Magazine article Nieman Reports

Morocco and Press Freedom: A Complicated Relationship: A Visibly Corrupt Government but a Wide Space for Journalists to Denounce It, Relentlessly Harassed Newspapers but Still a Vivid, Daring and Popular Press- Welcome to the Kingdom of Paradox

Magazine article Nieman Reports

Morocco and Press Freedom: A Complicated Relationship: A Visibly Corrupt Government but a Wide Space for Journalists to Denounce It, Relentlessly Harassed Newspapers but Still a Vivid, Daring and Popular Press- Welcome to the Kingdom of Paradox

Article excerpt

In December 20061 was invited to a regional media conference in Beirut, Lebanon. Each Arab country was represented by an independent journalist who was to sketch the situation in his country. The roundup started with a Yemeni editor and continued westbound. Being from Morocco, I was the last one on the program so I sat down and listened. A string of complaints ensued as my colleagues told what they were facing on a daily basis in their respective countries: heavy government censorship, physical intimidation, imprisonments and, in some cases, torture. A publisher from Iraq even said: "Every evening I thank God for making it back home alive." When finally it was my turn, I took the microphone and addressed my colleagues: "I do commend your courage for enduring such terrible hardship. As for me, I have some censorship issues but honestly ... compared with you guys, I live in Disneyland."

How could I not say that? At that time I had already been sued a couple of times by Morocco's government for being too outspoken. But on the other hand, TelQuel and Nishan, the two newsmagazines for which I was publisher and editor, featured about every week a daring, taboo-tackling cover story: "The Salary of the King," "Sex and the Medina," "Let's Re-Read the Qur'an," "Morocco: #1 Marijuana Producer in the World," and many more like that. [See box on page 48.] Let's be fair and square: had my government been as repressive as its Arab counterparts, none of these issues would have ever hit the stands. So yes, in comparative terms, freedom of speech in Morocco was something of a Disney-style fairy tale.

"Once upon a time" here applies to the middle of the 1990's when a new generation of Moroccan journalists emerged. I was one of them. In our 20's and just graduated from college, we awoke to political life and critical writing as King Hassan II was aging and his stranglehold on freedoms was slightly fading. But our true rise started after he passed away in 1999. Newly crowned King Mohammed VI, 36, was barely older than us, and he was said to be a genuine liberal. In the early 2000's, while our Arab colleagues were struggling for survival amidst ruthless dictatorships, we were eager to take part in our country's democratic renaissance.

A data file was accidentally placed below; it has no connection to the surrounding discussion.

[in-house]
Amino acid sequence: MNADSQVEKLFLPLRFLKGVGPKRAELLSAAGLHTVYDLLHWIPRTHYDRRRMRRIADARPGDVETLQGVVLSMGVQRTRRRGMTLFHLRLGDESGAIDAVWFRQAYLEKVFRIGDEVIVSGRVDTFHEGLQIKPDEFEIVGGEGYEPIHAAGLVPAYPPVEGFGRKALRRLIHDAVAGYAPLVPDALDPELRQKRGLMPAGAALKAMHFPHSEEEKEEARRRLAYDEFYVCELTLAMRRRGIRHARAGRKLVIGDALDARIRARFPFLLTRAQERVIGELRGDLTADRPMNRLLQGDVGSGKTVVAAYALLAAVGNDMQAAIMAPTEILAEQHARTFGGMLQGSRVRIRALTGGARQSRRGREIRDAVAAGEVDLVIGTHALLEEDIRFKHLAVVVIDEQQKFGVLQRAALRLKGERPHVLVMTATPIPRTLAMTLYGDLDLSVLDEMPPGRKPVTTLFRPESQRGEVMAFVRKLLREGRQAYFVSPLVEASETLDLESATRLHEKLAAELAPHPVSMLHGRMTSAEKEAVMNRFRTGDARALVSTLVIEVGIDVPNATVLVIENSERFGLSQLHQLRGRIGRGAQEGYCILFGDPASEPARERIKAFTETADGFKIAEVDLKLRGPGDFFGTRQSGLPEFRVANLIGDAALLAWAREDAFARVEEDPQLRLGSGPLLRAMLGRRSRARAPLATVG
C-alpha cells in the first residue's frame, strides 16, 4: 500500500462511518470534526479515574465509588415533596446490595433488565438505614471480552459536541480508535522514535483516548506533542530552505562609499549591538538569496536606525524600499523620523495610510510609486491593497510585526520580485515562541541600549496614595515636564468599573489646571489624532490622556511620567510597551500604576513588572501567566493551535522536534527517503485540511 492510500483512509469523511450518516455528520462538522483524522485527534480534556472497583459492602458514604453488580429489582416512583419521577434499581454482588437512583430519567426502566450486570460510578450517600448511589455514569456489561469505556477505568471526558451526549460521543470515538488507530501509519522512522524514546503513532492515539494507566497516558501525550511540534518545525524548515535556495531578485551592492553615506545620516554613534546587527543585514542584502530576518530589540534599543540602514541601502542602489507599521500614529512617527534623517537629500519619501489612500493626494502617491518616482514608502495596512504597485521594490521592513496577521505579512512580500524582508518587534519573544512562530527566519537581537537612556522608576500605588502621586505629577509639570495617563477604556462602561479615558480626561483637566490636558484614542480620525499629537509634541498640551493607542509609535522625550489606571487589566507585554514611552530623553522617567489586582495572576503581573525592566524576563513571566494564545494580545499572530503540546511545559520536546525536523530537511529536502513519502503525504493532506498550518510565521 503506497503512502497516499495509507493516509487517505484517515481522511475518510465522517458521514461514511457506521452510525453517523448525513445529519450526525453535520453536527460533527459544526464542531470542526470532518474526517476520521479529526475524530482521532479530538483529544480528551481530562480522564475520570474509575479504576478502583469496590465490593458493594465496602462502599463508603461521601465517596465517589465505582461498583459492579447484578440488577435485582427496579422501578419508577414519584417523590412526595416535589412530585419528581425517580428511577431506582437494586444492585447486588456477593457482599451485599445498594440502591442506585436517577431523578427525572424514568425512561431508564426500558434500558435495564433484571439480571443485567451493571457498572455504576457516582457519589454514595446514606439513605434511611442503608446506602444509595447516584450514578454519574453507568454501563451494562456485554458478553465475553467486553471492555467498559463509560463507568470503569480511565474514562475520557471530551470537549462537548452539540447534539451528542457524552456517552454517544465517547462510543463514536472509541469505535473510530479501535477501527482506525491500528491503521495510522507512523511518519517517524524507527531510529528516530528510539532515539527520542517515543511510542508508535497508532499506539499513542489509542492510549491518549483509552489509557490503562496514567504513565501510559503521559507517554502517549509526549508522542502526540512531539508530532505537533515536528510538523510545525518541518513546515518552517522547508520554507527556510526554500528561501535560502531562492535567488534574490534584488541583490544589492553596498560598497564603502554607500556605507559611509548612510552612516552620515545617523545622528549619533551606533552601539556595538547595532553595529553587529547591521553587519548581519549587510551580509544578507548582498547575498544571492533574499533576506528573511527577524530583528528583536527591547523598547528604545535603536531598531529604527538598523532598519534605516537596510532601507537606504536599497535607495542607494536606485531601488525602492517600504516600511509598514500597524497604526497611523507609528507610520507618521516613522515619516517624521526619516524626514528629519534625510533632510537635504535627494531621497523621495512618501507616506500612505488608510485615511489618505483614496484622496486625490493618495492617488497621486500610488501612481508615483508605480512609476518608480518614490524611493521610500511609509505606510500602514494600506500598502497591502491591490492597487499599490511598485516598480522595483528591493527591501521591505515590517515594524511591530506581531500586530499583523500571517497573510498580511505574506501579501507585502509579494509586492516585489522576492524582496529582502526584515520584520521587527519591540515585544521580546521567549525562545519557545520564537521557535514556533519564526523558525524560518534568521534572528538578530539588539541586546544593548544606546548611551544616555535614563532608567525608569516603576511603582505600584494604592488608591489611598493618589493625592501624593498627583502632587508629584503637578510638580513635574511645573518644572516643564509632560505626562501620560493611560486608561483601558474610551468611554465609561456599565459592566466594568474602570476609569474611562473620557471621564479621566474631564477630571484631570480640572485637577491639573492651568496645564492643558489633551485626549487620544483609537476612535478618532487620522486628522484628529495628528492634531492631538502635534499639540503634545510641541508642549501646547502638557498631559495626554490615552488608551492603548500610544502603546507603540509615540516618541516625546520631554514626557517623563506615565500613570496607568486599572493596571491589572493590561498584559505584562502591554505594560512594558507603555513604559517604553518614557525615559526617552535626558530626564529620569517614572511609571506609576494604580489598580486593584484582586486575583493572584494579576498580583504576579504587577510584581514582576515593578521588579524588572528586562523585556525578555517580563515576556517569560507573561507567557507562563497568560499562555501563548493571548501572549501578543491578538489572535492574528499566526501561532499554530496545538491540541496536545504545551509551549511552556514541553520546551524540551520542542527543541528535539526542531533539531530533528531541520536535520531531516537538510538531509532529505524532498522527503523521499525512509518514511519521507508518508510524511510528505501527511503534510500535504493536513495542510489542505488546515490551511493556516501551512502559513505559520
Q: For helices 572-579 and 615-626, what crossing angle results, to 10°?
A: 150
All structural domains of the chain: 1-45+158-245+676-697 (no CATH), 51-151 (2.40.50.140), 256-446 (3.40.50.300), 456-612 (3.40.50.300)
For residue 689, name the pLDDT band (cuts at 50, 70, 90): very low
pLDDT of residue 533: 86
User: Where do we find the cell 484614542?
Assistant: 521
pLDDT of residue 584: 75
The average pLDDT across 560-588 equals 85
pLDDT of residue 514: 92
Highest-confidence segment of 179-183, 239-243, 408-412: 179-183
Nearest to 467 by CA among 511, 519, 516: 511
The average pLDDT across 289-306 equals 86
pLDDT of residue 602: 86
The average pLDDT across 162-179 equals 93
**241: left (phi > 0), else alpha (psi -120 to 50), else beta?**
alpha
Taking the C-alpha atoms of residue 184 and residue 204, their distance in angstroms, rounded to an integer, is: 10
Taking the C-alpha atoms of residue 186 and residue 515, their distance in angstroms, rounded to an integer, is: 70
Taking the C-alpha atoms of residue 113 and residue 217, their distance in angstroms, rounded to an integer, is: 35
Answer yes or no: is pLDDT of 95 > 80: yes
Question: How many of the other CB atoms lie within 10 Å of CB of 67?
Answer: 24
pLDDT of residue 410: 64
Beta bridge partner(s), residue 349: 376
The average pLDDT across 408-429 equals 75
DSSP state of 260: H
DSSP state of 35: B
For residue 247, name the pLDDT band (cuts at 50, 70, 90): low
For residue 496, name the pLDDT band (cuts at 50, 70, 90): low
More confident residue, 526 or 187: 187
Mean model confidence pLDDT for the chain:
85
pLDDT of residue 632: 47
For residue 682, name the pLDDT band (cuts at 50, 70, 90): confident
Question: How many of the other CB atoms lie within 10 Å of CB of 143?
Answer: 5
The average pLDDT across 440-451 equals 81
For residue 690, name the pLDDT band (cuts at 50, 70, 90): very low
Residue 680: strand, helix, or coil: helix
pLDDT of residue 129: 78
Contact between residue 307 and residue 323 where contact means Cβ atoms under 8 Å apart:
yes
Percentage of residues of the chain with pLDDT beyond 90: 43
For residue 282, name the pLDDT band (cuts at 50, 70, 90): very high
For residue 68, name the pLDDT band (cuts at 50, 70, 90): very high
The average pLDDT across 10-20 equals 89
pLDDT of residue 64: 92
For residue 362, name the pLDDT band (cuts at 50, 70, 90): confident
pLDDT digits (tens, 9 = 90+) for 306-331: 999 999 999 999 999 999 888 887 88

The "nouvelle presse," as our recently created papers and magazines were dubbed, rose swiftly, eclipsing within months the traditional press, which was mainly dominated by the papers of political parties. Unlike the party journalists, ossified by decades of self-censorship and political calculations, we were young, independent, uninhibited and craving freedom. We quickly waded into hot territories, thoroughly exposing King Hassan's "years of lead," past secret police abuses and the corruption of top officials. As our sales boomed, the new king and his advisers took advantage of our audacity, waving it in the face of Western observers as early proof of Morocco's democratization.

But the honeymoon didn't last long. Having exhausted the vein of the old regime's flaws, we started investigating those of the new one. That is when the trouble began. As we tackled topics like corruption in the military and the inner conflicts of the royal family, the palace grew more and more irritated. It started with copies being seized. Then some papers were banned by government decree before being allowed to come back under different names. After that, we entered a period of politically motivated libel trials--all of which were outrageously biased in favor of the plaintiffs. Every now and then independent journalists were interrogated for days in police stations, without necessarily being charged with any offense--just for the sake of intimidation.

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However, whenever we were attacked we managed to attract worldwide media coverage and determined support from global watchdogs. Somehow it prompted the palace to back off, since further tarnishing the kingdom's liberal reputation would have come at a diplomatic cost. …

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